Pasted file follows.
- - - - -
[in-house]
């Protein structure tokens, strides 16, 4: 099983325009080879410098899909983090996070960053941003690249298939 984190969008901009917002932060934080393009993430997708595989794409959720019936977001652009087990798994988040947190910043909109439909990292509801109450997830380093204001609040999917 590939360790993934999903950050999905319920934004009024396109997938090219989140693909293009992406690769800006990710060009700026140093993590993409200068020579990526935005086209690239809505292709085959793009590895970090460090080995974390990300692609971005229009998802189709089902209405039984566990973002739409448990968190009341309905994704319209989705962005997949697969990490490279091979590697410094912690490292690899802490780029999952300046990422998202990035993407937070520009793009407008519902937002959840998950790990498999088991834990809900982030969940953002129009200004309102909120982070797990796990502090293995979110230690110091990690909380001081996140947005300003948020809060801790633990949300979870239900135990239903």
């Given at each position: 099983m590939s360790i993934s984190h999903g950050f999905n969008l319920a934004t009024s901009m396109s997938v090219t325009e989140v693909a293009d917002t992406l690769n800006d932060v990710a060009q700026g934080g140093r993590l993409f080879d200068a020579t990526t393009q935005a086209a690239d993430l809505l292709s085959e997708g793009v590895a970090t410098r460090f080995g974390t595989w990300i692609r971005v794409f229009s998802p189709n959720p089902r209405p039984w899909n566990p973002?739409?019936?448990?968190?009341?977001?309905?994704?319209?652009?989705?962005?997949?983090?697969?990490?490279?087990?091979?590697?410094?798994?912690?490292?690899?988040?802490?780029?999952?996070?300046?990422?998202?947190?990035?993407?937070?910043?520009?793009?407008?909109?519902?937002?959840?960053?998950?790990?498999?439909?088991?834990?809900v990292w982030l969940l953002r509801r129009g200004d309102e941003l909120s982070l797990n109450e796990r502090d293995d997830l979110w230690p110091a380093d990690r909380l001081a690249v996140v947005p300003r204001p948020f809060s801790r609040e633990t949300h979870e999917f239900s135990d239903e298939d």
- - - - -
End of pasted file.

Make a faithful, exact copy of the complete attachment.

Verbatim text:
[in-house]
């Protein structure tokens, strides 16, 4: 099983325009080879410098899909983090996070960053941003690249298939 984190969008901009917002932060934080393009993430997708595989794409959720019936977001652009087990798994988040947190910043909109439909990292509801109450997830380093204001609040999917 590939360790993934999903950050999905319920934004009024396109997938090219989140693909293009992406690769800006990710060009700026140093993590993409200068020579990526935005086209690239809505292709085959793009590895970090460090080995974390990300692609971005229009998802189709089902209405039984566990973002739409448990968190009341309905994704319209989705962005997949697969990490490279091979590697410094912690490292690899802490780029999952300046990422998202990035993407937070520009793009407008519902937002959840998950790990498999088991834990809900982030969940953002129009200004309102909120982070797990796990502090293995979110230690110091990690909380001081996140947005300003948020809060801790633990949300979870239900135990239903």
């Given at each position: 099983m590939s360790i993934s984190h999903g950050f999905n969008l319920a934004t009024s901009m396109s997938v090219t325009e989140v693909a293009d917002t992406l690769n800006d932060v990710a060009q700026g934080g140093r993590l993409f080879d200068a020579t990526t393009q935005a086209a690239d993430l809505l292709s085959e997708g793009v590895a970090t410098r460090f080995g974390t595989w990300i692609r971005v794409f229009s998802p189709n959720p089902r209405p039984w899909n566990p973002?739409?019936?448990?968190?009341?977001?309905?994704?319209?652009?989705?962005?997949?983090?697969?990490?490279?087990?091979?590697?410094?798994?912690?490292?690899?988040?802490?780029?999952?996070?300046?990422?998202?947190?990035?993407?937070?910043?520009?793009?407008?909109?519902?937002?959840?960053?998950?790990?498999?439909?088991?834990?809900v990292w982030l969940l953002r509801r129009g200004d309102e941003l909120s982070l797990n109450e796990r502090d293995d997830l979110w230690p110091a380093d990690r909380l001081a690249v996140v947005p300003r204001p948020f809060s801790r609040e633990t949300h979870e999917f239900s135990d239903e298939d």